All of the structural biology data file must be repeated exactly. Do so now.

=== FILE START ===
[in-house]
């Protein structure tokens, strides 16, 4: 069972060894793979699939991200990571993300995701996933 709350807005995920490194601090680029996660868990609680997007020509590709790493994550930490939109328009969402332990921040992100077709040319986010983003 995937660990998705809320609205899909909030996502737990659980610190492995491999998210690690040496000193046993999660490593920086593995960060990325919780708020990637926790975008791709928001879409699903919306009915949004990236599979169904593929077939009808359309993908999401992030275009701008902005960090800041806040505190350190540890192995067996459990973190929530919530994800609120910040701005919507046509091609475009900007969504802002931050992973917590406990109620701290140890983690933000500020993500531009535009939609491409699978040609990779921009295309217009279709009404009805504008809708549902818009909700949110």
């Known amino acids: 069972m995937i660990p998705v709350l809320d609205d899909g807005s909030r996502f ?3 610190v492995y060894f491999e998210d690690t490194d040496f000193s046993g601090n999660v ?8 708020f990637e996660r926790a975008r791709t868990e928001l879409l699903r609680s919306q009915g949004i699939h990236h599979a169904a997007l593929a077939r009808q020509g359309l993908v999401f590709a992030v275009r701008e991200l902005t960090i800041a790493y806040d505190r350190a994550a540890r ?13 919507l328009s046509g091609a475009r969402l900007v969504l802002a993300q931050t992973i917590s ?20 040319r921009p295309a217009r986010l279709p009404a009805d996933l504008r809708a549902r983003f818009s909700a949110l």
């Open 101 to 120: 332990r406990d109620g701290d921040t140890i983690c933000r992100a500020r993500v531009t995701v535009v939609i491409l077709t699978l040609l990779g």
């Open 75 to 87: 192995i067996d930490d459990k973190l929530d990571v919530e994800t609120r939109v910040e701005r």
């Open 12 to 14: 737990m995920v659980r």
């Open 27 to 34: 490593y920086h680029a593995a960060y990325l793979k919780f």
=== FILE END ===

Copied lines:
[in-house]
């Protein structure tokens, strides 16, 4: 069972060894793979699939991200990571993300995701996933 709350807005995920490194601090680029996660868990609680997007020509590709790493994550930490939109328009969402332990921040992100077709040319986010983003 995937660990998705809320609205899909909030996502737990659980610190492995491999998210690690040496000193046993999660490593920086593995960060990325919780708020990637926790975008791709928001879409699903919306009915949004990236599979169904593929077939009808359309993908999401992030275009701008902005960090800041806040505190350190540890192995067996459990973190929530919530994800609120910040701005919507046509091609475009900007969504802002931050992973917590406990109620701290140890983690933000500020993500531009535009939609491409699978040609990779921009295309217009279709009404009805504008809708549902818009909700949110």
């Known amino acids: 069972m995937i660990p998705v709350l809320d609205d899909g807005s909030r996502f ?3 610190v492995y060894f491999e998210d690690t490194d040496f000193s046993g601090n999660v ?8 708020f990637e996660r926790a975008r791709t868990e928001l879409l699903r609680s919306q009915g949004i699939h990236h599979a169904a997007l593929a077939r009808q020509g359309l993908v999401f590709a992030v275009r701008e991200l902005t960090i800041a790493y806040d505190r350190a994550a540890r ?13 919507l328009s046509g091609a475009r969402l900007v969504l802002a993300q931050t992973i917590s ?20 040319r921009p295309a217009r986010l279709p009404a009805d996933l504008r809708a549902r983003f818009s909700a949110l």
């Open 101 to 120: 332990r406990d109620g701290d921040t140890i983690c933000r992100a500020r993500v531009t995701v535009v939609i491409l077709t699978l040609l990779g």
């Open 75 to 87: 192995i067996d930490d459990k973190l929530d990571v919530e994800t609120r939109v910040e701005r």
């Open 12 to 14: 737990m995920v659980r």
């Open 27 to 34: 490593y920086h680029a593995a960060y990325l793979k919780f």